Stephen Colbert, the CBS late-night comedian, got himself in hot water the other night for saying bad things about President Trump. Correction: It was really just lukewarm water, and very little will happen to him as a result—or to his network. After all, his rant against the president only included such comments as that Trump is a “prick-tator” (ha-ha; clever) and the observation, addressing Trump as he looked into the camera, that “the only thing your mouth is good for is being Vladimir Putin’s [bleep] holster” (ha-ha-ha-ha; what sophisticated hilarity).
Some say Colbert should be fired; others say CBS should be sanctioned by the Federal Communications Commission. I say Colbert should be commended for revealing to the American people one important reason why Trump managed to rise to the presidency—namely, the degradation of American culture to such a low level that a vulgarian such as Trump could triumph.
In an earlier era, nobody with Trump’s crudity could ever become president. The people, in their collective sensibility on such matters, wanted presidents who conducted themselves with dignity and propriety, at least in public. They liked Ike, who, sure, played golf too much and seemed sometimes confused about matters at hand (turns out that was just a ruse to avoid pronouncements he didn’t want to make). But he never degraded the office or expressed himself in undignified ways. Adlai Stevenson, on the other hand, had been divorced, and that was a big negative in those days of social propriety. Nelson Rockefeller, the New York governor, took a hit in the presidential game when, in 1963, he dumped his wife of 30 years and married a woman 18 years younger—just a month after her own divorce.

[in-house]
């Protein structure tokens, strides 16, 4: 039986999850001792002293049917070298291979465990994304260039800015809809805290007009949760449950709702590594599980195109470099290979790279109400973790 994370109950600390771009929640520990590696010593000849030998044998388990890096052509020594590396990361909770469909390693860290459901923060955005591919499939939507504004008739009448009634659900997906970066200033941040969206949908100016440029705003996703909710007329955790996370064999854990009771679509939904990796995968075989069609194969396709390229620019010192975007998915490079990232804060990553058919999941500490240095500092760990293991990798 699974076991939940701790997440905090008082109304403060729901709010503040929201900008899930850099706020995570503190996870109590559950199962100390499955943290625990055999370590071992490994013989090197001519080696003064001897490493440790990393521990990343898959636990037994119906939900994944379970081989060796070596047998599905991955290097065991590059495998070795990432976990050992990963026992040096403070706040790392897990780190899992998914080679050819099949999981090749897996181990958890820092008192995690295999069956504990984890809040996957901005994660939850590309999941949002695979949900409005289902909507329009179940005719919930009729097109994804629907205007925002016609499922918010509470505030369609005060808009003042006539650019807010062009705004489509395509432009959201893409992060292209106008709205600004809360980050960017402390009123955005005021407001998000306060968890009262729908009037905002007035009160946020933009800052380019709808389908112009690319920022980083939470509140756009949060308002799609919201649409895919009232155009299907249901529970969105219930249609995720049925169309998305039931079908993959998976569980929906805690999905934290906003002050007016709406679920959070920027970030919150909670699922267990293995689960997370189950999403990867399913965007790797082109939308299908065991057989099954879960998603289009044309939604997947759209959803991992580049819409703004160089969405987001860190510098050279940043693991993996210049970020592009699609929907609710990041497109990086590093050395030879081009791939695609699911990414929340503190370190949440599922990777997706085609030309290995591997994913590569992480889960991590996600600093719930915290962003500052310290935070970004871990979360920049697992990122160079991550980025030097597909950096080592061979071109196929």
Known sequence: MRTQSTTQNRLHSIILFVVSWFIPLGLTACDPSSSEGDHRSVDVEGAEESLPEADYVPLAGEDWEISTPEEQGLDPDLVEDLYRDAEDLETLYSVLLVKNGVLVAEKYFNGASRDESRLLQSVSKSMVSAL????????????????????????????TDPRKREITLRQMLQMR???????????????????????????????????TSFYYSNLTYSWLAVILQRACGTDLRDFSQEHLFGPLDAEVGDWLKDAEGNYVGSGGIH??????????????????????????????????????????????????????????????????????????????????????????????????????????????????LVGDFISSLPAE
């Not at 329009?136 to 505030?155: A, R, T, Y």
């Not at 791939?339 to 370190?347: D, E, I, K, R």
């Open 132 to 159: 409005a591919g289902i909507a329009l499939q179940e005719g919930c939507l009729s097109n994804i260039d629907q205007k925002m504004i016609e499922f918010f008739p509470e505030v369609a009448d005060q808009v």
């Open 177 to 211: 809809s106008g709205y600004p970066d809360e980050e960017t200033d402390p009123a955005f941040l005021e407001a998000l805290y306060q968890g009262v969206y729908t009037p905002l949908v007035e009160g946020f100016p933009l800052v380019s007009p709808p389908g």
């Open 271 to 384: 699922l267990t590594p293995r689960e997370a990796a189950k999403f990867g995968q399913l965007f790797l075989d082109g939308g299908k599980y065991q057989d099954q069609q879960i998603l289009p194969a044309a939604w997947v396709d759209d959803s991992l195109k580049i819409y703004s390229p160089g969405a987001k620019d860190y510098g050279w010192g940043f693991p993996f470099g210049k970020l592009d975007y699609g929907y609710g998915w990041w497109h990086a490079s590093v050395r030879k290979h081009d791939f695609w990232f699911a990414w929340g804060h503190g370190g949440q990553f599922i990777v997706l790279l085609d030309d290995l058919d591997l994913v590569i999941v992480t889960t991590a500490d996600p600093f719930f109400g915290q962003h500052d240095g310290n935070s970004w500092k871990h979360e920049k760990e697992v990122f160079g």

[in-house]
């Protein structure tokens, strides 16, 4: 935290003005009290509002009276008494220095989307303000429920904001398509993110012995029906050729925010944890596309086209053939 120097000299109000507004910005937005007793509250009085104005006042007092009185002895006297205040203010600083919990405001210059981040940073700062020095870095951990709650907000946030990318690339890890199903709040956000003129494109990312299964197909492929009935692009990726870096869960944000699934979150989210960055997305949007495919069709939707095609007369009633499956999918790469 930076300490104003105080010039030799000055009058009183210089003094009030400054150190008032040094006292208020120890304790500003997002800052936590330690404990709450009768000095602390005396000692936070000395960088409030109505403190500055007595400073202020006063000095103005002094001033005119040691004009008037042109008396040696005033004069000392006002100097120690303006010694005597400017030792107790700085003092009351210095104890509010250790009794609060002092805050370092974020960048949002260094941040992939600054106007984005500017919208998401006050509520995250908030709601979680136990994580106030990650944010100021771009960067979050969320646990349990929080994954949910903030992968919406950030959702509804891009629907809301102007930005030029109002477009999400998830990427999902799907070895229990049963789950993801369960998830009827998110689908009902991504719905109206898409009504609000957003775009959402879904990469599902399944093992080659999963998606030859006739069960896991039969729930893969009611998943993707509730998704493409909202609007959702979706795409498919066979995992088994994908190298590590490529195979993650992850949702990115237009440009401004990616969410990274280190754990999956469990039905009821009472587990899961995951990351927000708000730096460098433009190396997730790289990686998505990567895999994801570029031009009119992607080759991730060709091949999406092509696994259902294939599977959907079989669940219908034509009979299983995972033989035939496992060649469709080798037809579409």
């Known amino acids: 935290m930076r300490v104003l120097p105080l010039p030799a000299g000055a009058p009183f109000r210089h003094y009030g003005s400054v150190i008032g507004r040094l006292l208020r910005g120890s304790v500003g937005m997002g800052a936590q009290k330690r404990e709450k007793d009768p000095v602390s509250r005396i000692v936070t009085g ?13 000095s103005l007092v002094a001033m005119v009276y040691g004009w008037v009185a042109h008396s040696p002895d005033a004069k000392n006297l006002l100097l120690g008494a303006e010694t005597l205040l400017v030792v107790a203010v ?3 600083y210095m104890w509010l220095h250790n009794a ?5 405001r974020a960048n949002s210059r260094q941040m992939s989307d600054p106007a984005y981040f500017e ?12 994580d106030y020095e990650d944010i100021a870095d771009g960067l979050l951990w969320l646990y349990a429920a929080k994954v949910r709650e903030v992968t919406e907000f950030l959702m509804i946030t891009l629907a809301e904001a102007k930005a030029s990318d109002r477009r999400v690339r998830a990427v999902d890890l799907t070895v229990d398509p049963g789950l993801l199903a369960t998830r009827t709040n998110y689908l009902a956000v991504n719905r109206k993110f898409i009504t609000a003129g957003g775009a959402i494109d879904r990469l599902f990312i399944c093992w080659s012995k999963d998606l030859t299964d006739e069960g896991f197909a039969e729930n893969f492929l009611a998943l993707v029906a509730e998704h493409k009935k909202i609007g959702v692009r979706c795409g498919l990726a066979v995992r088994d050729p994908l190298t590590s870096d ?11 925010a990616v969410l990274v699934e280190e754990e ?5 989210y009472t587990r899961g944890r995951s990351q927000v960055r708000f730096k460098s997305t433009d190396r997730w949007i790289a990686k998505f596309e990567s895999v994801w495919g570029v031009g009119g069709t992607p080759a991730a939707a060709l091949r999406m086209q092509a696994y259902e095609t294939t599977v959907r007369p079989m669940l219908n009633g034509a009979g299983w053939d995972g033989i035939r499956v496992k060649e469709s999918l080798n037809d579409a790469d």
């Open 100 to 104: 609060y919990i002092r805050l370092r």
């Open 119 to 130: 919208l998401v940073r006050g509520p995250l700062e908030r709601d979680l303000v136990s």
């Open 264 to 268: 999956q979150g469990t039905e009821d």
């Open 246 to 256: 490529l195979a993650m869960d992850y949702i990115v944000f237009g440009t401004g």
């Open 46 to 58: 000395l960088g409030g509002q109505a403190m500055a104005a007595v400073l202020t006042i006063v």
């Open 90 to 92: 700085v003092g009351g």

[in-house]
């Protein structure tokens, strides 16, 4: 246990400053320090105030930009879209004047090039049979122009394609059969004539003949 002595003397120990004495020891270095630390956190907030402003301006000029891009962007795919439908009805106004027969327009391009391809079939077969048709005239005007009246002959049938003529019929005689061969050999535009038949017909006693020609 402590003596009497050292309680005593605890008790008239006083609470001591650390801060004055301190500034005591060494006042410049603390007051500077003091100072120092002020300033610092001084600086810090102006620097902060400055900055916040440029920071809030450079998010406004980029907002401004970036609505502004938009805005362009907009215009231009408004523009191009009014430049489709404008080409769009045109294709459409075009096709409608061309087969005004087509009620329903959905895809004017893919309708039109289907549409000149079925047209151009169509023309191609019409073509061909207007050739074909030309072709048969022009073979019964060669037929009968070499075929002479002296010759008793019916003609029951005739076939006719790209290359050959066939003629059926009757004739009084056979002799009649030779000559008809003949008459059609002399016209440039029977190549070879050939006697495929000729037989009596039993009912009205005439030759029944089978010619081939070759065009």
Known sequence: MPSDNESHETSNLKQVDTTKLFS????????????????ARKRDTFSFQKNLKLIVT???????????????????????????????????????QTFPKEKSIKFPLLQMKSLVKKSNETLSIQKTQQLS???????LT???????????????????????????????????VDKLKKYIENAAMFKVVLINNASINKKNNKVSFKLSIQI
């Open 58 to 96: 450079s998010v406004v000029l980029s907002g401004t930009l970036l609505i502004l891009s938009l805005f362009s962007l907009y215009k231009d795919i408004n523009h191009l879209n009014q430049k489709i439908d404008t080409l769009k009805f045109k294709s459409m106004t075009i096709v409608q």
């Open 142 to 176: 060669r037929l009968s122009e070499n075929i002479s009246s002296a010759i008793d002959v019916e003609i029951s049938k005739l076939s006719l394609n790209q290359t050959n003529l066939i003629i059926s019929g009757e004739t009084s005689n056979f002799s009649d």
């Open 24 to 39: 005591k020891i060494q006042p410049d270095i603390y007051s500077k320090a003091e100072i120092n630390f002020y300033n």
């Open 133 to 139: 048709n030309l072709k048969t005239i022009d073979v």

He lost a lot of votes in the process. That’s because people cared about such things then. Now, not so much. What changed? The coarsening of American society. Daniel Patrick Moynihan, the intellectual and longtime U.S. senator from New York, called it “defining deviancy down.”
A pioneer of all this was Lenny Bruce, the raunchy comedian of the 1950s and ’60s who pushed the envelope of propriety—and then kept pushing. Wikipedia says he “integrated satire, politics, religion, sex, and vulgarity.” Mostly he panned everything people held dear, assaulting their most delicate sensibilities and ignoring every societal no-no. Thus did he develop a following that expanded year by year. The time was ripe for his visionary schtick, and his audiences ate it up. They ate it up all the more when they saw that other people, the ordinary and unsophisticated folks, were offended.
Society, in behalf of those ordinary and unsophisticated folks, pushed back. But ultimately society gave way.
Bruce was arrested in 1961 in San Francisco and prosecuted for obscenity. Part of the brief against him was his use of the word “cocksucker.” Another part was his riff on the word “come,” which he declared so commonly used that anyone offended by it “probably can’t come.” He was acquitted by a jury. Later that year he was arrested again, for drug possession. Further obscenity charges followed in 1962 in Chicago and 1964 in New York. He was found guilty in New York and sentenced to four months in a workhouse, but died while awaiting appeal. His codefendant, who owned the nightclub where Bruce had uttered his offending remarks, had his conviction overturned. Bruce himself received a posthumous pardon from a Republican New York governor in 2003.